Lin, Kuang-Yao, Huang, Wei-Ren.  2020.  Using Federated Learning on Malware Classification. 2020 22nd International Conference on Advanced Communication Technology (ICACT). :585–589.
In recent years, everything has been more and more systematic, and it would generate many cyber security issues. One of the most important of these is the malware. Modern malware has switched to a high-growth phase. According to the AV-TEST Institute showed that there are over 350,000 new malicious programs (malware) and potentially unwanted applications (PUA) be registered every day. This threat was presented and discussed in the present paper. In addition, we also considered data privacy by using federated learning. Feature extraction can be performed based on malware. The proposed method achieves very high accuracy ($\approx$0.9167) on the dataset provided by VirusTotal.
Snow, Elijah, Alam, Mahbubul, Glandon, Alexander, Iftekharuddin, Khan.  2020.  End-to-End Multimodel Deep Learning for Malware Classification. 2020 International Joint Conference on Neural Networks (IJCNN). :1–7.
Malicious software (malware) is designed to cause unwanted or destructive effects on computers. Since modern society is dependent on computers to function, malware has the potential to do untold damage. Therefore, developing techniques to effectively combat malware is critical. With the rise in popularity of polymorphic malware, conventional anti-malware techniques fail to keep up with the rate of emergence of new malware. This poses a major challenge towards developing an efficient and robust malware detection technique. One approach to overcoming this challenge is to classify new malware among families of known malware. Several machine learning methods have been proposed for solving the malware classification problem. However, these techniques rely on hand-engineered features extracted from malware data which may not be effective for classifying new malware. Deep learning models have shown paramount success for solving various classification tasks such as image and text classification. Recent deep learning techniques are capable of extracting features directly from the input data. Consequently, this paper proposes an end-to-end deep learning framework for multimodels (henceforth, multimodel learning) to solve the challenging malware classification problem. The proposed model utilizes three different deep neural network architectures to jointly learn meaningful features from different attributes of the malware data. End-to-end learning optimizes all processing steps simultaneously, which improves model accuracy and generalizability. The performance of the model is tested with the widely used and publicly available Microsoft Malware Challenge Dataset and is compared with the state-of-the-art deep learning-based malware classification pipeline. Our results suggest that the proposed model achieves comparable performance to the state-of-the-art methods while offering faster training using end-to-end multimodel learning.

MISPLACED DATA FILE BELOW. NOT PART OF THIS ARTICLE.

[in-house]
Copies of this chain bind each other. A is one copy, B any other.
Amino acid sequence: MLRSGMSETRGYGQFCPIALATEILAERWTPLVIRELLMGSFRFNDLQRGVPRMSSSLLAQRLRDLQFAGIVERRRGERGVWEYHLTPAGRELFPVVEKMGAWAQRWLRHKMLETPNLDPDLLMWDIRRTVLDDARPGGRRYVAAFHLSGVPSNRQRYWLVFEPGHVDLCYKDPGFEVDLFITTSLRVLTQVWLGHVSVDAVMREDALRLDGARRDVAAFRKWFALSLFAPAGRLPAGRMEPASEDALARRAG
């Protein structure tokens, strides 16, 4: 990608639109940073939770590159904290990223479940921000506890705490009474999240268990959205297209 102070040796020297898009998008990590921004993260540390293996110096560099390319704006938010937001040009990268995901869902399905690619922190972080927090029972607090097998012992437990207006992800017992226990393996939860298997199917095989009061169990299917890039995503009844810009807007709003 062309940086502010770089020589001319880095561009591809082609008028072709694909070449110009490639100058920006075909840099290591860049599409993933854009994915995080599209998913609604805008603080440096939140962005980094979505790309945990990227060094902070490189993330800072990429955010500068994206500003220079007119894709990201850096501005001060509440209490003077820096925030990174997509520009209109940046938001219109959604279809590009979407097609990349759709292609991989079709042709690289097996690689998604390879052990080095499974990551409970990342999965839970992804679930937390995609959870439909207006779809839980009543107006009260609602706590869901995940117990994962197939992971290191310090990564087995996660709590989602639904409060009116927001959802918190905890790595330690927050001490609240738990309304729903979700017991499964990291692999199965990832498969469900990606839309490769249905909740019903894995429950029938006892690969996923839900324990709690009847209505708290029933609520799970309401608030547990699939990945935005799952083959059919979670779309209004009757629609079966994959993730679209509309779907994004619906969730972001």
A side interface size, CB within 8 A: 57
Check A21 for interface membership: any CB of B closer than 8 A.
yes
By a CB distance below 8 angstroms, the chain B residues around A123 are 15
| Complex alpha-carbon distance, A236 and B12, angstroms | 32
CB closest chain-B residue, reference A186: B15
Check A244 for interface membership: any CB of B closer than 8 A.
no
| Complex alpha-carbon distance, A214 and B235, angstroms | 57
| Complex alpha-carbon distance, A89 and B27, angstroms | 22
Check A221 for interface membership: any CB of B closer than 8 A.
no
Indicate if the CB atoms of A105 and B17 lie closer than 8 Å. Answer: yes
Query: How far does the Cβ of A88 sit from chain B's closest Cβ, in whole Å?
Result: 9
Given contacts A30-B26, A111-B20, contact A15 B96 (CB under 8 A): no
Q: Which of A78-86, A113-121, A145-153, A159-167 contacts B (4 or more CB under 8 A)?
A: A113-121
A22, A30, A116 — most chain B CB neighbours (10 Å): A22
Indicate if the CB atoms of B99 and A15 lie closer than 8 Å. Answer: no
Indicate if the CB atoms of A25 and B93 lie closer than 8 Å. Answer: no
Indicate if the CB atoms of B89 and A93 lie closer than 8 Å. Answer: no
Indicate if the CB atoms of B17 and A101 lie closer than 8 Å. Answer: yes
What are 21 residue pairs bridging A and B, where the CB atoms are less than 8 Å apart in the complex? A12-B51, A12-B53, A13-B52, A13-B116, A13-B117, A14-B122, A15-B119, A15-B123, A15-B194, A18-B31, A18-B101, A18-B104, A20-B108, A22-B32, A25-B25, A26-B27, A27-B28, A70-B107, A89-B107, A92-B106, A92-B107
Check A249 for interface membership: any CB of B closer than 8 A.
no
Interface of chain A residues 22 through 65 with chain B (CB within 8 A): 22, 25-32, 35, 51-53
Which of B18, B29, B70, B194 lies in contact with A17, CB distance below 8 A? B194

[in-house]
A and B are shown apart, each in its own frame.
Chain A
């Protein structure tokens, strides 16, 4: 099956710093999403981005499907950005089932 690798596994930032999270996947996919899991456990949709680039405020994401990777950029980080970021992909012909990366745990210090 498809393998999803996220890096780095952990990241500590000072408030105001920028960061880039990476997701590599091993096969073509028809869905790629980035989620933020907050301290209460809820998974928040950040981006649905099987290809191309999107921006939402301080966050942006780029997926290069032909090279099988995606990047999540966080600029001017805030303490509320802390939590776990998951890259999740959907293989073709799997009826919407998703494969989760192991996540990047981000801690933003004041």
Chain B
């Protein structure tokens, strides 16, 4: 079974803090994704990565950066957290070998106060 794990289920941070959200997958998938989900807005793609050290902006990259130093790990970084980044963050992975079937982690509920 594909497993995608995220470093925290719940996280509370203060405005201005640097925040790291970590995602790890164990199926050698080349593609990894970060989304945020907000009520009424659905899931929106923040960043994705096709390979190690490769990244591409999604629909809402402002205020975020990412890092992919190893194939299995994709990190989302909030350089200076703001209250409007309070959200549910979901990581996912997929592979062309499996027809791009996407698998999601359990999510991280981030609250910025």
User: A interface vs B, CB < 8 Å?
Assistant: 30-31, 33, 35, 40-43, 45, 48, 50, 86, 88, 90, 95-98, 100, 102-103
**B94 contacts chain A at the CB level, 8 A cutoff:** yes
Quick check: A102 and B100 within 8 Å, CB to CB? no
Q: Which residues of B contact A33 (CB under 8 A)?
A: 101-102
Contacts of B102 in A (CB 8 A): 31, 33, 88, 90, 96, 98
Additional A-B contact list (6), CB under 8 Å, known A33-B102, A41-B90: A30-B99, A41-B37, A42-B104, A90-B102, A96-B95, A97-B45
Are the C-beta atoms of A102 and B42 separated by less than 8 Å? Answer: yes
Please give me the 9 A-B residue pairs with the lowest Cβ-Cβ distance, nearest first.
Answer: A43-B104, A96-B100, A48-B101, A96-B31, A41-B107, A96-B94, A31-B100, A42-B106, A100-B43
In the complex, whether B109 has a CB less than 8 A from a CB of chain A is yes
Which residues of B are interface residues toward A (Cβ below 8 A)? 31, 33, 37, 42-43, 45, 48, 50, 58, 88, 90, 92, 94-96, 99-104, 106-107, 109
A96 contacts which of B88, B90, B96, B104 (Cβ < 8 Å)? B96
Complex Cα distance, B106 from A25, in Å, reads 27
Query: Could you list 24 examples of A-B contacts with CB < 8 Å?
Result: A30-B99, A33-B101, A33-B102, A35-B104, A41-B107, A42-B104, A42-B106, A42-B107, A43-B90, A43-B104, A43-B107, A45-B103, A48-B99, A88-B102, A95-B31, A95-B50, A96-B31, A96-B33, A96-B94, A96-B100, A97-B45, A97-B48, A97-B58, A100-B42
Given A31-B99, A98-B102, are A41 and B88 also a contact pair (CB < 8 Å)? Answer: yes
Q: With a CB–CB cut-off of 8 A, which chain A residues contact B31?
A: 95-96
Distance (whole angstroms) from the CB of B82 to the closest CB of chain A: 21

Brezinski, Kenneth, Ferens, Ken.  2020.  Complexity-Based Convolutional Neural Network for Malware Classification. 2020 International Conference on Computational Science and Computational Intelligence (CSCI). :1–9.
Malware classification remains at the forefront of ongoing research as the prevalence of metamorphic malware introduces new challenges to anti-virus vendors and firms alike. One approach to malware classification is Static Analysis - a form of analysis which does not require malware to be executed before classification can be performed. For this reason, a lightweight classifier based on the features of a malware binary is preferred, with relatively low computational overhead. In this work a modified convolutional neural network (CNN) architecture was deployed which integrated a complexity-based evaluation based on box-counting. This was implemented by setting up max-pooling layers in parallel, and then extracting the fractal dimension using a polyscalar relationship based on the resolution of the measurement scale and the number of elements of a malware image covered in the measurement under consideration. To test the robustness and efficacy of our approach we trained and tested on over 9300 malware binaries from 25 unique malware families. This work was compared to other award-winning image recognition models, and results showed categorical accuracy in excess of 96.54%.
Ghanem, Sahar M., Aldeen, Donia Naief Saad.  2020.  AltCC: Alternating Clustering and Classification for Batch Analysis of Malware Behavior. 2020 International Symposium on Networks, Computers and Communications (ISNCC). :1–6.